Featured Research

from universities, journals, and other organizations

Researchers create experimental vaccine against Alzheimer's

Date:
October 8, 2010
Source:
UT Southwestern Medical Center
Summary:
Researchers have created an experimental vaccine against beta-amyloid, the small protein that forms plaques in the brain and is believed to contribute to the development of Alzheimer's disease.

Researchers at UT Southwestern Medical Center have created an experimental vaccine against beta-amyloid, the small protein that forms plaques in the brain and is believed to contribute to the development of Alzheimer's disease.

Related Articles


Compared with similar so-called DNA vaccines that the UT Southwestern researchers tested in an animal study, the new experimental vaccine stimulated more than 10 times as many antibodies that bind to and eliminate beta-amyloid. The results appeared in the journal Vaccine.

Future studies will focus on determining the safety of the vaccine and whether it protects mental function in animals, said Dr. Roger Rosenberg, director of the Alzheimer's Disease Center at UT Southwestern and senior author of the study.

"The antibody is specific; it binds to plaque in the brain. It doesn't bind to brain tissue that does not contain plaque," Dr. Rosenberg said. "This approach shows promise in generating enough antibodies to be useful clinically in treating patients."

A traditional vaccine -- an injection of beta-amyloid protein itself into the arm -- has been shown in other research to trigger an immune response, including the production of antibodies and other bodily defenses against beta-amyloid. However, the immune response to this type of vaccine sometimes caused significant brain swelling, so Dr. Rosenberg and his colleagues focused on developing a nontraditional DNA vaccine.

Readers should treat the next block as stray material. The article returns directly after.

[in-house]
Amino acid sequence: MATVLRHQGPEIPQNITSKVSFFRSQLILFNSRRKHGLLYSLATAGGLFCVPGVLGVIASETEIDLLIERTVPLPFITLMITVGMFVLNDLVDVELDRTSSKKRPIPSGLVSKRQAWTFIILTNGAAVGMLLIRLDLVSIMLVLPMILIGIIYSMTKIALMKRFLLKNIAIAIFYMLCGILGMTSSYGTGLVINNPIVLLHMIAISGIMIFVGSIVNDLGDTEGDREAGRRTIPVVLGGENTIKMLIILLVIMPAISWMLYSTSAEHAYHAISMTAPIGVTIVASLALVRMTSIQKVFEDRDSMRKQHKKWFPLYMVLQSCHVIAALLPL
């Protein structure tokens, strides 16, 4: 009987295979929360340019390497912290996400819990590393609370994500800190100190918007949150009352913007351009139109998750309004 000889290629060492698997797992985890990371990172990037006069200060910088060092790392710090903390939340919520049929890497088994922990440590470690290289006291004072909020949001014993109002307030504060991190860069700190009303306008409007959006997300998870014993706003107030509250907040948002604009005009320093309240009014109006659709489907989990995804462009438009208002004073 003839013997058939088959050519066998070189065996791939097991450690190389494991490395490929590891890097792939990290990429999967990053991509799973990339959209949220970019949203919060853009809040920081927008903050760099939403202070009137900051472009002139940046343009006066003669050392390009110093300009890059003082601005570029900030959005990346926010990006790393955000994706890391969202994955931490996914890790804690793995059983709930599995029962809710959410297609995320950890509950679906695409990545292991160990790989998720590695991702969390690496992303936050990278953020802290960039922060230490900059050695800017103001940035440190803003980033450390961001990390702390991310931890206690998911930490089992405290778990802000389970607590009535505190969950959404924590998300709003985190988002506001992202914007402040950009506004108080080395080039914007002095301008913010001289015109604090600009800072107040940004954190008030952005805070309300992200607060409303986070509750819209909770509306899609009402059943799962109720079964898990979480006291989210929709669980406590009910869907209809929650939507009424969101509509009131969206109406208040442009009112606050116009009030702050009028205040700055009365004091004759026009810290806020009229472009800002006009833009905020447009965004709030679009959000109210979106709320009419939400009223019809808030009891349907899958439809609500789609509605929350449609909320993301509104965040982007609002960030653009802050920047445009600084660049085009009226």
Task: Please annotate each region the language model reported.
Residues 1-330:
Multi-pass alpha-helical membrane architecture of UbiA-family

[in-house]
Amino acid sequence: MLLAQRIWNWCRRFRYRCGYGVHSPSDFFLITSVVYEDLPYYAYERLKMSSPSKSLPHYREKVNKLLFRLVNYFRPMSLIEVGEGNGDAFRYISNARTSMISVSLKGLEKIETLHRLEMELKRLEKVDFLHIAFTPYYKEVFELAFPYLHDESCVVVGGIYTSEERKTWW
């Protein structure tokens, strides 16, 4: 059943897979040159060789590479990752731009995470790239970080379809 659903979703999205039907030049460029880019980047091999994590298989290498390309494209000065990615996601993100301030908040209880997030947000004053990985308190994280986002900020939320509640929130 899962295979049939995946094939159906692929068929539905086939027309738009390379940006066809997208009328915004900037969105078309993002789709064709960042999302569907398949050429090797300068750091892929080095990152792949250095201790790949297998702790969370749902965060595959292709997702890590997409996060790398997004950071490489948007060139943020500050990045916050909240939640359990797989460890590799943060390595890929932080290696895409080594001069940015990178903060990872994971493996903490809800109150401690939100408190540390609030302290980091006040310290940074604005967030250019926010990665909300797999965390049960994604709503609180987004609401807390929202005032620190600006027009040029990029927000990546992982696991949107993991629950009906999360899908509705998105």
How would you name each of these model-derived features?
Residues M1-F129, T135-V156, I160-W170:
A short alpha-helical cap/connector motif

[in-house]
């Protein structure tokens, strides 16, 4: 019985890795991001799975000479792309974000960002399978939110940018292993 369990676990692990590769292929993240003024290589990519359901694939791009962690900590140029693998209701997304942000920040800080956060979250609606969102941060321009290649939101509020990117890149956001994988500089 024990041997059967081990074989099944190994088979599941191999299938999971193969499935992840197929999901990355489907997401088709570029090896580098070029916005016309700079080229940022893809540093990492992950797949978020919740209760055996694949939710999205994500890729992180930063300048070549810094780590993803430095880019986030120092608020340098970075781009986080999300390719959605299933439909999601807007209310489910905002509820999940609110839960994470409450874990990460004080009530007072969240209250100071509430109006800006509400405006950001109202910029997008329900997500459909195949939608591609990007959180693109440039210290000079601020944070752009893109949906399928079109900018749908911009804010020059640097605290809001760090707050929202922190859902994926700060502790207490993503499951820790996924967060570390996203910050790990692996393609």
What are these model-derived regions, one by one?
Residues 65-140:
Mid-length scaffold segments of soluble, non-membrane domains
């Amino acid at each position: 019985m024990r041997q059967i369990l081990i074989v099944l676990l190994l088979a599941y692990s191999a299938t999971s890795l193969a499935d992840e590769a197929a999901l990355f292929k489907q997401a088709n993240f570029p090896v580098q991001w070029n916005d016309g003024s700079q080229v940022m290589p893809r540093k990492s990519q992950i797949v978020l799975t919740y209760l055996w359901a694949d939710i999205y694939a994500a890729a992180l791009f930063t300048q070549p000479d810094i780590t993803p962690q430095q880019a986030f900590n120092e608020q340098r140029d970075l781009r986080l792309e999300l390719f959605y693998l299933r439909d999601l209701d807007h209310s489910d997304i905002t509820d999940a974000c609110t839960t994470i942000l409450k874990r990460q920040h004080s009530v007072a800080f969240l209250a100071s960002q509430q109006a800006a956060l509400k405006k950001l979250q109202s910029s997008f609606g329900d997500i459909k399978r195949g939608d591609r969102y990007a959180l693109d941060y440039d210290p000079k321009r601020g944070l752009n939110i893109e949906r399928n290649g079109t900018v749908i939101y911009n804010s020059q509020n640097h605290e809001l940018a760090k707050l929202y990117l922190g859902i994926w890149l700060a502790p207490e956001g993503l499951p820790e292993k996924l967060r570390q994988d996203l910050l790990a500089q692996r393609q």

The DNA vaccine does not contain beta-amyloid itself but instead a piece of the beta-amyloid gene that codes for the protein. In the current study, the researchers coated tiny gold beads with the beta-amyloid DNA and injected them into the skin of the animals' ears. Once in the body, the DNA stimulated an immune response, including antibodies to beta-amyloid.

The next step in the research is to test long-term safety in animals, Dr. Rosenberg said.

"After seven years developing this vaccine, we are hopeful it will not show any significant toxicity, and that we will be able to develop it for human use," he said.

Other UT Southwestern neurology researchers involved in the study were Dr. Bao-Xi Qu, assistant professor; Dr. Doris Lambracht-Washington, research scientist; Min Fu, research associate; Dr. Todd Eagar, assistant professor; and Dr. Olaf Stόve, associate professor.

The study was funded by the National Institutes of Health, The Rudman Foundation and the Alzheimer's Association.


Story Source:

The above story is based on materials provided by UT Southwestern Medical Center. Note: Materials may be edited for content and length.


Journal Reference:

  1. Bao-Xi Qu, Doris Lambracht-Washington, Min Fu, Todd N. Eagar, Olaf Stόve, Roger N. Rosenberg. Analysis of three plasmid systems for use in DNA Aβ42 immunization as therapy for Alzheimer's disease. Vaccine, 2010; 28 (32): 5280 DOI: 10.1016/j.vaccine.2010.05.054